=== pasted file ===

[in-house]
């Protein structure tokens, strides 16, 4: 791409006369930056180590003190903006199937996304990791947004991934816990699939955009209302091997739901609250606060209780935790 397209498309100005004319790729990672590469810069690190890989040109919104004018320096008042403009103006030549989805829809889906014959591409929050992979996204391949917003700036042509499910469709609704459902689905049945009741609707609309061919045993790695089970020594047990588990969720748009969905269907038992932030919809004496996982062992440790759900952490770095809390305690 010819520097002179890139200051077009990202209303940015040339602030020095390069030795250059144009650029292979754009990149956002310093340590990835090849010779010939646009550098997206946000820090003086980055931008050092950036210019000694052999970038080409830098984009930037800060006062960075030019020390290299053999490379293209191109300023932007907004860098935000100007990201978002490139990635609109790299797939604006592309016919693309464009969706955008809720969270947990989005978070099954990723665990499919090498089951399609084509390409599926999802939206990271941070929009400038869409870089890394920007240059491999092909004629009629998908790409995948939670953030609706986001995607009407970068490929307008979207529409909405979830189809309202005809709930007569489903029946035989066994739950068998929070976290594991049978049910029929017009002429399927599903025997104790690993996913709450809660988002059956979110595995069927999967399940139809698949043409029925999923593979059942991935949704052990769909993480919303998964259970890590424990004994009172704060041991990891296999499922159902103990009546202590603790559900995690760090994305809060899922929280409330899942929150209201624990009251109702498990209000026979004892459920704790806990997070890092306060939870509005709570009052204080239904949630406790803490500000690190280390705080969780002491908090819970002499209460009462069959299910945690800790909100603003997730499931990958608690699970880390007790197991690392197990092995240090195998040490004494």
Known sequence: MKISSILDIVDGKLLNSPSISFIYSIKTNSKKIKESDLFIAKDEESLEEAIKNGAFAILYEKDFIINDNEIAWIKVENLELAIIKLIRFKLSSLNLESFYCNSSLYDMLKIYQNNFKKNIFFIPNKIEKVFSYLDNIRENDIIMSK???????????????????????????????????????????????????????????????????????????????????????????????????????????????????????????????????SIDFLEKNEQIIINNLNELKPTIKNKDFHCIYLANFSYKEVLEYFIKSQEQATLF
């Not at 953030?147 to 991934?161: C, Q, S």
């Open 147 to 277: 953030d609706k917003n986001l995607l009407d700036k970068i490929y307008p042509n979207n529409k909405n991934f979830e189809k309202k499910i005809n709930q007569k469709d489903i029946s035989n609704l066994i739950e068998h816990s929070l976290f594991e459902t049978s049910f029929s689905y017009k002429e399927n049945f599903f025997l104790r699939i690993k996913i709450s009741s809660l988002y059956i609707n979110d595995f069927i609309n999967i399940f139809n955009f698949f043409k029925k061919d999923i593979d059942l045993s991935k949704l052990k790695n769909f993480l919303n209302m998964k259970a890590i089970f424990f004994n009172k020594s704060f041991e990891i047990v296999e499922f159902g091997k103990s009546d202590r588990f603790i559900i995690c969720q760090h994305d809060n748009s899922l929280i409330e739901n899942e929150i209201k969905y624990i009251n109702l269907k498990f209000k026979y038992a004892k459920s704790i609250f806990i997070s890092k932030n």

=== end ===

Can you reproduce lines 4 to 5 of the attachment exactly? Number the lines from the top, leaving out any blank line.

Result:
């Not at 953030?147 to 991934?161: C, Q, S």
């Open 147 to 277: 953030d609706k917003n986001l995607l009407d700036k970068i490929y307008p042509n979207n529409k909405n991934f979830e189809k309202k499910i005809n709930q007569k469709d489903i029946s035989n609704l066994i739950e068998h816990s929070l976290f594991e459902t049978s049910f029929s689905y017009k002429e399927n049945f599903f025997l104790r699939i690993k996913i709450s009741s809660l988002y059956i609707n979110d595995f069927i609309n999967i399940f139809n955009f698949f043409k029925k061919d999923i593979d059942l045993s991935k949704l052990k790695n769909f993480l919303n209302m998964k259970a890590i089970f424990f004994n009172k020594s704060f041991e990891i047990v296999e499922f159902g091997k103990s009546d202590r588990f603790i559900i995690c969720q760090h994305d809060n748009s899922l929280i409330e739901n899942e929150i209201k969905y624990i009251n109702l269907k498990f209000k026979y038992a004892k459920s704790i609250f806990i997070s890092k932030n």